Centralize online teaching programs

With the addition of iTunesU, the University should look into centralizing its teaching resources.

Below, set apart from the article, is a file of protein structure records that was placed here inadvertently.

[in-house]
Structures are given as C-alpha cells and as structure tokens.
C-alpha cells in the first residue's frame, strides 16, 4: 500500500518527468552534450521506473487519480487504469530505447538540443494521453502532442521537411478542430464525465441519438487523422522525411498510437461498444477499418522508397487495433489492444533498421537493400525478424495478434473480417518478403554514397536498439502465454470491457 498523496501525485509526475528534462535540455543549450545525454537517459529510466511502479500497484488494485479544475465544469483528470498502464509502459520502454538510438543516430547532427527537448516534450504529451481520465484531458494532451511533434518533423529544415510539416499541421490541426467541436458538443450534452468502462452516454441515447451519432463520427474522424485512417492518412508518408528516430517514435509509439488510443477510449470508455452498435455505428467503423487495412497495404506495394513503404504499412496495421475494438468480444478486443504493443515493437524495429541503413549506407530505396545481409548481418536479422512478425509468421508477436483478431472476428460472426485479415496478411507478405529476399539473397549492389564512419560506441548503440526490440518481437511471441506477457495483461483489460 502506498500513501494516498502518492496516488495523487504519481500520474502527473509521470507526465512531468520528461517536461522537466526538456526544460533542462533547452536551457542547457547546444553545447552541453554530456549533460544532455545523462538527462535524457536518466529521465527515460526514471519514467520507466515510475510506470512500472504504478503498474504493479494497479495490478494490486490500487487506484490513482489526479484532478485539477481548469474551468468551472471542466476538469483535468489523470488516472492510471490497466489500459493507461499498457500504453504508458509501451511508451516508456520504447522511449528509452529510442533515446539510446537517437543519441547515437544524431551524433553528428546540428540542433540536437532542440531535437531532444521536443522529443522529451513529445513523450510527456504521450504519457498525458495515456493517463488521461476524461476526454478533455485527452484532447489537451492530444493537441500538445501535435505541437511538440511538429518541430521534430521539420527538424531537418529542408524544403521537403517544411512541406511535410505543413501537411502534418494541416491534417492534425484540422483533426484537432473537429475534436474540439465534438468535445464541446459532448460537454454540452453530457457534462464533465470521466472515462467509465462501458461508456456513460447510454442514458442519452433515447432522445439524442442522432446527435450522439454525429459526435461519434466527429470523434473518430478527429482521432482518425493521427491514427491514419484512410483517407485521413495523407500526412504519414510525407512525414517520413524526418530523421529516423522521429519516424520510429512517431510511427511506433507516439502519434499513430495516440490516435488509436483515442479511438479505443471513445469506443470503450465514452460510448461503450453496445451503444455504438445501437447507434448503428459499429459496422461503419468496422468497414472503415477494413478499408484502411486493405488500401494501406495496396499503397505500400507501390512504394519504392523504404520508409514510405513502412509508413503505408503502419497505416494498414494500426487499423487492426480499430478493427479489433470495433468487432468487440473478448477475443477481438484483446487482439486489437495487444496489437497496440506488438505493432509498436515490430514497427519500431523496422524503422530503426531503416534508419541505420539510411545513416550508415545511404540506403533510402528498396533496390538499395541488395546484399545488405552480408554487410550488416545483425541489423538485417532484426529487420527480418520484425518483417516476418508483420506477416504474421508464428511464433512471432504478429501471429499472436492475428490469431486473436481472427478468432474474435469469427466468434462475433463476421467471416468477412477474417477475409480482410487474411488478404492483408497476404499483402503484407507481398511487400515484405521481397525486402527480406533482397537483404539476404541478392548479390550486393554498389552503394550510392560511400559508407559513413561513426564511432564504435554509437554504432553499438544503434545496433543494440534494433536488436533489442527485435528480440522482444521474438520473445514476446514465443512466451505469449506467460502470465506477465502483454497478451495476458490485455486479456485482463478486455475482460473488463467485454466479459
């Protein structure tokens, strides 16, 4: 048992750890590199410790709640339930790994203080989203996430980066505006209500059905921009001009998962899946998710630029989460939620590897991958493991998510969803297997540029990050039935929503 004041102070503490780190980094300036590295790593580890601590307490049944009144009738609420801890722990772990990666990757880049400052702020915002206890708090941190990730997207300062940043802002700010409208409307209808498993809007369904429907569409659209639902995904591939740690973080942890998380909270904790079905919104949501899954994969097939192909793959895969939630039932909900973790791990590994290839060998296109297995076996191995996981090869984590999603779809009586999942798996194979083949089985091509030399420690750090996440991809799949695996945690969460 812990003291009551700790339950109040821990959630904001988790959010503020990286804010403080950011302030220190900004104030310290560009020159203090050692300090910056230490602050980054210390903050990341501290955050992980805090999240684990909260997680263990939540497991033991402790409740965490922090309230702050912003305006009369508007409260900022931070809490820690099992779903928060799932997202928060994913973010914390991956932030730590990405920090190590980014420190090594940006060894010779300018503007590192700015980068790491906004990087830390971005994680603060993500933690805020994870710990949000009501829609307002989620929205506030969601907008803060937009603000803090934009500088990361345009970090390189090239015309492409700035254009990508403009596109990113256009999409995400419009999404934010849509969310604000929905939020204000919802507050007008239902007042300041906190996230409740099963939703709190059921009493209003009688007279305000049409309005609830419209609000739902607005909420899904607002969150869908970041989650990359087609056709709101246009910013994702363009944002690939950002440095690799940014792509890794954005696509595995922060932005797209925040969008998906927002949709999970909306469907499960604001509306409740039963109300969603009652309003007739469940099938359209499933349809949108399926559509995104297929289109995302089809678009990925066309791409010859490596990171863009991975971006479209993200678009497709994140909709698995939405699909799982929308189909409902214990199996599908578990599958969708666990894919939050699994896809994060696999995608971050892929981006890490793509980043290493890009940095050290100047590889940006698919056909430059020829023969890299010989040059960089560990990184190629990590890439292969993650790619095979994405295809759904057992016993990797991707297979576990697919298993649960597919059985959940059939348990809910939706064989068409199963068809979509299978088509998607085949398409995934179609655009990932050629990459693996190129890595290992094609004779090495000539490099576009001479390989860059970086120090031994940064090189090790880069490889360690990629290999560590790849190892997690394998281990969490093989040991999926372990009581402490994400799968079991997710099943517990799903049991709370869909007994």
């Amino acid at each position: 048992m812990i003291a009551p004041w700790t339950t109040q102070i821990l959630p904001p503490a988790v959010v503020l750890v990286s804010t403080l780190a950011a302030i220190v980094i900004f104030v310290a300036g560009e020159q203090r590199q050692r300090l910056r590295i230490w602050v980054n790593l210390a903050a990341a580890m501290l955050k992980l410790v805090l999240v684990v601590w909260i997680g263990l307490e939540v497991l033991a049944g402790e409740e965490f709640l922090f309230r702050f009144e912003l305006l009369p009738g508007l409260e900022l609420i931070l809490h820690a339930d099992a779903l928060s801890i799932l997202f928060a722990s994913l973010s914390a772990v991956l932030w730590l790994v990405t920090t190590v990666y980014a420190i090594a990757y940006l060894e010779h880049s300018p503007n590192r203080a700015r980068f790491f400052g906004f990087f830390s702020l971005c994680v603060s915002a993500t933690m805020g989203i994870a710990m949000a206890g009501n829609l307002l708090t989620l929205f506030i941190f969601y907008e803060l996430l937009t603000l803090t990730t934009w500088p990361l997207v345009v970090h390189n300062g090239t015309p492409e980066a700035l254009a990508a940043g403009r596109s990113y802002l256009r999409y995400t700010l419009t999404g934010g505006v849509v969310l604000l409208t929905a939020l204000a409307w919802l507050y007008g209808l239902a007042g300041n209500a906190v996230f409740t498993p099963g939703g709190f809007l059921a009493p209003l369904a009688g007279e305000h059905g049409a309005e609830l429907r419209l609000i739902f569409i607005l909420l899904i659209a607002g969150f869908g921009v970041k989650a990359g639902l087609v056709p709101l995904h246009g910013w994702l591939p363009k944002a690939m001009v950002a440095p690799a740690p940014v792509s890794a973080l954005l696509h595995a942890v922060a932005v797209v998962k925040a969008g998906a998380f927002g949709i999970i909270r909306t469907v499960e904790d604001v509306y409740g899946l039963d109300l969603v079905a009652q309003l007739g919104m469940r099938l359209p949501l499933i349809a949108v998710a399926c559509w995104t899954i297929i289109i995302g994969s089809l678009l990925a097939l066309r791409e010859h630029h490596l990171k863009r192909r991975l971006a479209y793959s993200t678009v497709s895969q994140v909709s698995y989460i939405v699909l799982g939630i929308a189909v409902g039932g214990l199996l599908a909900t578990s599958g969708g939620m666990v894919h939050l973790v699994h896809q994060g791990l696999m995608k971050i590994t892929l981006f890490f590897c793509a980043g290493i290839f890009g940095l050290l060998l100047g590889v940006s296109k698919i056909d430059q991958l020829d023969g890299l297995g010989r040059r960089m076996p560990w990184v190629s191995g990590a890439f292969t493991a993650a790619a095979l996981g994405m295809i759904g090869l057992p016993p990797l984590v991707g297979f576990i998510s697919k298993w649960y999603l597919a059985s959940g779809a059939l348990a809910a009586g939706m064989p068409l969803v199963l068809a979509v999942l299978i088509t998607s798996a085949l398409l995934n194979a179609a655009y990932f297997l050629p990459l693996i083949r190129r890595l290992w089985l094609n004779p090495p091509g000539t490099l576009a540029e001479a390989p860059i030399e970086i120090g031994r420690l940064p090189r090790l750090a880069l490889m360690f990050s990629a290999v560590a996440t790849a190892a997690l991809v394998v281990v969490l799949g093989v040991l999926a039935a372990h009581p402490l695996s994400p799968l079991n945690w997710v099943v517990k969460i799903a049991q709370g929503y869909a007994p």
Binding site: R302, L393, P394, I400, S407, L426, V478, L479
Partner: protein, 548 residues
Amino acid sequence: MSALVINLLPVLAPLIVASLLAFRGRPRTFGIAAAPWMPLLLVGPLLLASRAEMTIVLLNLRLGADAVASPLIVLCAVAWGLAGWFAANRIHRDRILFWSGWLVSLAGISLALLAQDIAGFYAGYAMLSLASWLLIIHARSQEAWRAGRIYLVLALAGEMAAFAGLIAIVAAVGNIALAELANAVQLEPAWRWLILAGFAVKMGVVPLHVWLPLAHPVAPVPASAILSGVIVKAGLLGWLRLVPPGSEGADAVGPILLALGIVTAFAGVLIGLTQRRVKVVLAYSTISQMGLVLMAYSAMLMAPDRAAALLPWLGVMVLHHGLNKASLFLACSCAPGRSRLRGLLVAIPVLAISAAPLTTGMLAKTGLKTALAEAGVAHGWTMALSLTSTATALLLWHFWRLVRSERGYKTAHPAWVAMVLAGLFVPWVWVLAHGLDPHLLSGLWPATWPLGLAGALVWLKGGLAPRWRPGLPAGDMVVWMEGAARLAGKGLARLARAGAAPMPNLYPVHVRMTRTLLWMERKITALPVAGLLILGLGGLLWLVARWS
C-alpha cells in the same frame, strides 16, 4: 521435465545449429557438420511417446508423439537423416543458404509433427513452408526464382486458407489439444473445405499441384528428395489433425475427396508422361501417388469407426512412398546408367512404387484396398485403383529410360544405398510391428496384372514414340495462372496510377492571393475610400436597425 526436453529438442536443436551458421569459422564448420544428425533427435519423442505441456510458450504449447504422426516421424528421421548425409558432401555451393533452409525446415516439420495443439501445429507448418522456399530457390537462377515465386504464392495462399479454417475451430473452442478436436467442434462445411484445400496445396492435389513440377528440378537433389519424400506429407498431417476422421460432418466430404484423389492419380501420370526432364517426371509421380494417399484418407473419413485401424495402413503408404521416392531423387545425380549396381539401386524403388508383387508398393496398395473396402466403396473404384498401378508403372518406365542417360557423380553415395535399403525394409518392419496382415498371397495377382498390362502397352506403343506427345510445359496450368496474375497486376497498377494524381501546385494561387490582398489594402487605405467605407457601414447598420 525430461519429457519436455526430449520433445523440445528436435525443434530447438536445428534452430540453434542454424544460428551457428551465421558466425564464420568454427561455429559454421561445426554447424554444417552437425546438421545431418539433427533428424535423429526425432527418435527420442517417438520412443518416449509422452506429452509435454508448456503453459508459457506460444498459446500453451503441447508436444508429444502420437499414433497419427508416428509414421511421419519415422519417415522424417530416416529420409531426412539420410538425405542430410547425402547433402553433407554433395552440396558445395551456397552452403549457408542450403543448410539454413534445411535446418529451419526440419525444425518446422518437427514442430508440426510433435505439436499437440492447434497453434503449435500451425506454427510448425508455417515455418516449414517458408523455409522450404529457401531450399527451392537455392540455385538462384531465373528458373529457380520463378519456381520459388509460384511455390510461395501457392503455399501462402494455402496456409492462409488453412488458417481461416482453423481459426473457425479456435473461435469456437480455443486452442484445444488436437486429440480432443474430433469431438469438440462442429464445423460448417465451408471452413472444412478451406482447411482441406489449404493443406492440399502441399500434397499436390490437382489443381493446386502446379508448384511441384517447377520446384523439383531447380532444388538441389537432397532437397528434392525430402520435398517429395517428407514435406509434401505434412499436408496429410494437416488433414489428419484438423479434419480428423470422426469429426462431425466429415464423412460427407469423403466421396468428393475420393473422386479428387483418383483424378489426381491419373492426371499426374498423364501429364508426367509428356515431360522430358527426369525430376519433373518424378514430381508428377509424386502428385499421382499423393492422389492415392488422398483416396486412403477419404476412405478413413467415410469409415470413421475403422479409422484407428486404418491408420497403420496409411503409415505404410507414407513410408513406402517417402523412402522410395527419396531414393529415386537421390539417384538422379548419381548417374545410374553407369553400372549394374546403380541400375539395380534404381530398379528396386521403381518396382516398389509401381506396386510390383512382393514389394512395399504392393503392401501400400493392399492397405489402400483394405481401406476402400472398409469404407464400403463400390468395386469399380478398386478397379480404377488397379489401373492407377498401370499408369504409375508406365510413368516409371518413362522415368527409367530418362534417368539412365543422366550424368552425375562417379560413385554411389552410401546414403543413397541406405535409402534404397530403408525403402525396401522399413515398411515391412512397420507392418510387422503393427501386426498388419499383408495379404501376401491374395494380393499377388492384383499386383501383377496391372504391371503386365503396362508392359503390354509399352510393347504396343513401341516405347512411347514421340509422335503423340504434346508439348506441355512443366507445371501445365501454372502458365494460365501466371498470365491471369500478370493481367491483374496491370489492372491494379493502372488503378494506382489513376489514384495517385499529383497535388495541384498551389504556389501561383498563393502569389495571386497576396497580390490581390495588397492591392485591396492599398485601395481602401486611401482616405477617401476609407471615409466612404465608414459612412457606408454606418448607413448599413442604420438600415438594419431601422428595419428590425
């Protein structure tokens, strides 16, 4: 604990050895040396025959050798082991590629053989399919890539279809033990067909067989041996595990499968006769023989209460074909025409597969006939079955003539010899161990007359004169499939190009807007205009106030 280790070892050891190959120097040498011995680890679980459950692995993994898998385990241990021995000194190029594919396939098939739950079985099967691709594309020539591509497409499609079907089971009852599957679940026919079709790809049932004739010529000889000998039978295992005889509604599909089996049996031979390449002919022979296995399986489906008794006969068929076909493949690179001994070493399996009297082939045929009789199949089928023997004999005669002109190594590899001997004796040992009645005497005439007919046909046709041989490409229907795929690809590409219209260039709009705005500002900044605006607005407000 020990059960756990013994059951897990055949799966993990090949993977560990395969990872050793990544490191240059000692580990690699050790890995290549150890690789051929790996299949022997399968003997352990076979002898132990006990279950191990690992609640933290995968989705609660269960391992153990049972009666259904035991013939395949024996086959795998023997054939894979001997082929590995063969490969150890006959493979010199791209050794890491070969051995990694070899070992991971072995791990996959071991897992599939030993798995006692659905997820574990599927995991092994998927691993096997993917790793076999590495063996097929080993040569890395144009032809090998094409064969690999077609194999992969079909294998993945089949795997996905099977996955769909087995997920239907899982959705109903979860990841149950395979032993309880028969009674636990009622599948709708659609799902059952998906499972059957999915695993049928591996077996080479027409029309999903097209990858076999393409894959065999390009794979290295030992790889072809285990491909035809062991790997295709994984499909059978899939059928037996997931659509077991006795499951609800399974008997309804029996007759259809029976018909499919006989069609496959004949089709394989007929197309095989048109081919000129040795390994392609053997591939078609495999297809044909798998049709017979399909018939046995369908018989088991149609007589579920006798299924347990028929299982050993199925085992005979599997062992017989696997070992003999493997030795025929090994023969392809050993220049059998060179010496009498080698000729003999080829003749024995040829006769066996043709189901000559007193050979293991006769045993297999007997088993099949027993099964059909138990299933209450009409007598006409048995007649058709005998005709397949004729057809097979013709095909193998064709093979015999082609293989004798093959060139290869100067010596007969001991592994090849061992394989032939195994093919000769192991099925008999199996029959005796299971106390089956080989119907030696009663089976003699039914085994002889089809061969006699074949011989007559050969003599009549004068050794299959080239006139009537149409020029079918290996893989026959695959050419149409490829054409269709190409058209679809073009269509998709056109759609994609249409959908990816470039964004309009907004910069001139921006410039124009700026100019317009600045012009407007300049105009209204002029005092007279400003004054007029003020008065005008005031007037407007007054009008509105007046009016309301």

The University utilizes various electronic mediums for teaching, including Webvista, Moodle and most recently, iTunesU . The latest application allows professors to post podcasts and other supplemental learning material and is the electronic medium that permits student- and professor-generated audio content. Its launching signals a step in the right direction for online learning, but it also underscores one of the chief problems with the UniversityâÄôs online teaching resources: a lack of centralization and thus usability. As the University emerges into a more technologically equipped institution, different departments are piloting new programs to cut costs and to enhance their course material. Online accesses to course readings provide students with a more economical alternative than spending hundreds on course packets at the bookstore. This is no doubt encouraging. But the technology has fragmented. For instance, while Webvista remains the dominant medium for most professors, it varies among academic departments. iTunesU makes access to course material superfluous. A solid recommendation for the University would be to streamline the programs used for online materials. Usability would improve and it is much more appealing to advertise a solitary medium than various and excessive outlets in terms of marketing for University programs and research. We understand that a testing or piloting period is necessary to find the best program available. The University should make this assessment in a timely fashion. We also urge the institution to strive for efficiency with online usage just as it does with its other programs.